One Society, Many Groups
By Christopher Houghton Budd
20 December 2022
On a recent visit to the USA, I visited Ann Arbor, the Rudolf Steiner Branch in Chicago and the Los Angeles Branch in Pasadena in my capacity as the ‘flying around the world’ member of the Circle of Treasurers, with a remit to understand more close-to the Anthroposophical Society in America in its financial aspect. For it is one thing to seek support of the Goetheanum, and another to enquire into the wellbeing of the Country Groups themselves (including their branches and groups). After all, we are a single worldwide society, albeit a severalty of earthly organizations.
My main interest focused on two challenges that remain at the center of our Society: if we are to maintain our status as ‘an association of people whose will it is to nurture the life of the soul, both in the individual and in human society, on the basis of a true knowledge of the spiritual world’ (Christmas Statute 1), how, first, do we raise and manage the considerable funding needed to realize the potential for practical social life that spiritual science promises? In 1923, that was computed by Rudolf Steiner as a membership fee of 15 CHF (15 USD) alongside research funding of 50-75 millions. Using the ratio of 6 (from the Swiss National Bank), that would be 90 and 300-450 millions today. This is a double question of how to convey the relevance of Rudolf Steiner’s insights to the world at large (where such sums are to be found), and are we able to hold, account for, and use those funds in an up-to-date, financially-literate way?
This topic was underpinned by discussion of the need to recast the finances of the Anthroposophical Society as an instance of three kinds of money. Talks given in all three places under the heading Hope. Springs. Eternal – Our financial challenges are also the world’s; as are our responses, covered in detail how the three kinds of money (Purchase Money, Loan Money and Gift Money) when matched to Income Statement, Balance Sheet and Closing Entries, show how a surplus on operating amounts to internally generated capital, which then becomes Own Capital, and that where capital is generated or received in excess of operational needs this can be transferred to fund the work of those active in the Sections of the School of Spiritual Science.
Linked to this is the need to identify a new category: as well as member of the Anthroposophical Society and member (note: not pupil) of the School, there is a need to recognize when we are acting as colleagues of and with Rudolf Steiner. This is especially important when it comes to initiative-taking, be that of those undertaking projects or the work of the Councils of the Society as such.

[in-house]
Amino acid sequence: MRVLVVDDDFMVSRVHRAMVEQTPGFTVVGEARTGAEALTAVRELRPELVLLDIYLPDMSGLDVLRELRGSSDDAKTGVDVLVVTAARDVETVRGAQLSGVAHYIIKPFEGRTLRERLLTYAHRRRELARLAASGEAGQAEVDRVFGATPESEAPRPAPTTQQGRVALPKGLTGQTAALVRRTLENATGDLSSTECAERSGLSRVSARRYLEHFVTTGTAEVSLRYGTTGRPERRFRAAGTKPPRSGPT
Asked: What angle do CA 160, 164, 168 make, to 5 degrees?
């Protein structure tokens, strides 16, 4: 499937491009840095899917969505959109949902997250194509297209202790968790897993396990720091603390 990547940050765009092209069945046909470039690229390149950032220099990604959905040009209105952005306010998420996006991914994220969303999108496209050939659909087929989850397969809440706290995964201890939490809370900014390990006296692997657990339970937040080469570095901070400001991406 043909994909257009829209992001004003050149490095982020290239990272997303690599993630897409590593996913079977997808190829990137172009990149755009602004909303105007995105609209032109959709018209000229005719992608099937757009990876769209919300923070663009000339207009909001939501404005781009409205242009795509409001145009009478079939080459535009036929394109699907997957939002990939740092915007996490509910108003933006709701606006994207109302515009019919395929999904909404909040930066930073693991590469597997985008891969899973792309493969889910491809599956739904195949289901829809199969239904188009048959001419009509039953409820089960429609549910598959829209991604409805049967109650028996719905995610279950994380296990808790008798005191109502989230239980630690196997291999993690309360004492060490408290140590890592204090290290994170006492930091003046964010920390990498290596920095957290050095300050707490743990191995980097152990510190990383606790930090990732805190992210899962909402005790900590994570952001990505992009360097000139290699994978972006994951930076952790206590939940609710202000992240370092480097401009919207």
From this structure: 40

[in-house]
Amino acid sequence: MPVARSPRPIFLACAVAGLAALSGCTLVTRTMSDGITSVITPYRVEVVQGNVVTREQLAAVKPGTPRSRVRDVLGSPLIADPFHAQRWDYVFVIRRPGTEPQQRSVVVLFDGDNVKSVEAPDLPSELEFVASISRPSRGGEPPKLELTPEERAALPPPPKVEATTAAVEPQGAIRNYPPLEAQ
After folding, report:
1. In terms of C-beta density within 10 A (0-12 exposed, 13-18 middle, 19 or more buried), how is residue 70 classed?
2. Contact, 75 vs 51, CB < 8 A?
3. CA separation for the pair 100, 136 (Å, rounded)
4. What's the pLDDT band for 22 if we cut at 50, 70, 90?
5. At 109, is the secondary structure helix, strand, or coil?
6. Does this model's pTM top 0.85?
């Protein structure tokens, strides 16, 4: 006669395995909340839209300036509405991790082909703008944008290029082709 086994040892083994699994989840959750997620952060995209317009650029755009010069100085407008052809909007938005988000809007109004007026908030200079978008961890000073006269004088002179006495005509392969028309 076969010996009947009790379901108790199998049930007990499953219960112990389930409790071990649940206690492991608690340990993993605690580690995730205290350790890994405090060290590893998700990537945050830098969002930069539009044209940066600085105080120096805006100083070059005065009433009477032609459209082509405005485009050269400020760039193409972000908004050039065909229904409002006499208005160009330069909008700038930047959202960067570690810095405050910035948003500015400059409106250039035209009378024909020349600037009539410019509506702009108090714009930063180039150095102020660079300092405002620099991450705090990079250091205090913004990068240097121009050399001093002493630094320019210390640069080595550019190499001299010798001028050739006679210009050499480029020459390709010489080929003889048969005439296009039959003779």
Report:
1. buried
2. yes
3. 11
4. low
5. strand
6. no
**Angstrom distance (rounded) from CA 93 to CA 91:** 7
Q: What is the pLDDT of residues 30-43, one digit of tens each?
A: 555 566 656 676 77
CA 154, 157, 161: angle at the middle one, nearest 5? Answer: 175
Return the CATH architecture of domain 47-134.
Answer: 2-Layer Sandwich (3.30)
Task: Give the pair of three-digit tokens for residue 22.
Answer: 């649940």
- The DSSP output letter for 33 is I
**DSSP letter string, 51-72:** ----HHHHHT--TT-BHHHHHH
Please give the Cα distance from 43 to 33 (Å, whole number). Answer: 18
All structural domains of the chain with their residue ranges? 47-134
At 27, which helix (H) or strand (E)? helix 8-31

The second challenge concerns real estate. To what extent does the furtherance of anthroposophy require us to own premises? And do we have the resources and skill base that ownership and care of buildings presupposes? Or does the support they are intended to provide become in fact a burden?
This takes us back to the Christmas Conference when, separate from the Anthroposophical Society, the Goetheanum still belonged to the Bau Verein, and before the complex history that resulted when the two become intertwined. We still have to learn how to link a free association (representative of free spiritual life) to the rights life of our times and places, and then how to resource its activity without those two aspects thwarting freedom.
As regard funds, the places I visited do not all analyze their Funds on the basis of the three main categories: unrestricted (at the discretion of the Council), restricted (with a caveat applied by the donor), and designated (where the users of the Funds determine their allocation and distribution). The latter Fund type is especially important when it comes to funding the sections or, rather, those in the School needing funding for their Section work.
As regards the properties, when seen from two points of view – a cold-eyed appraisal of the properties and the extent of anthroposophical life within them – the places I visited represented three different situations: in good fettle, tired, and in urgent need of overhaul, with all under-used. Although my visit was brief, in all cases it seemed to me that the anthroposophical life was reduced and did not really fill (and therefore warrant) the buildings.
The diminished or diminishing anthroposophical life is often attributed to a demographic problem – too many old people, not enough young – and we often seek in desperation to promote ‘the youth’. But I doubt that is our problem. Our real challenge is the occultation of Rudolf Steiner by the Anthroposophical Society. One hundred years on from 1923, we need to have the courage to let the Anthroposophical Society, and indeed overtly-mentioned anthroposophy, take a supporting role, ceding center-stage to the insights and outcomes of Rudolf Steiner’s legacy. It is he the world as a whole is looking for and seeking a relationship with; membership of the Anthroposophical Society being by karma decided and small in number.
Reinvent or re-present ourselves in this way, and the life born of public interest in Rudolf Steiner’s work will likely grow and thrive. And then we will know what buildings we need and where, going forwards.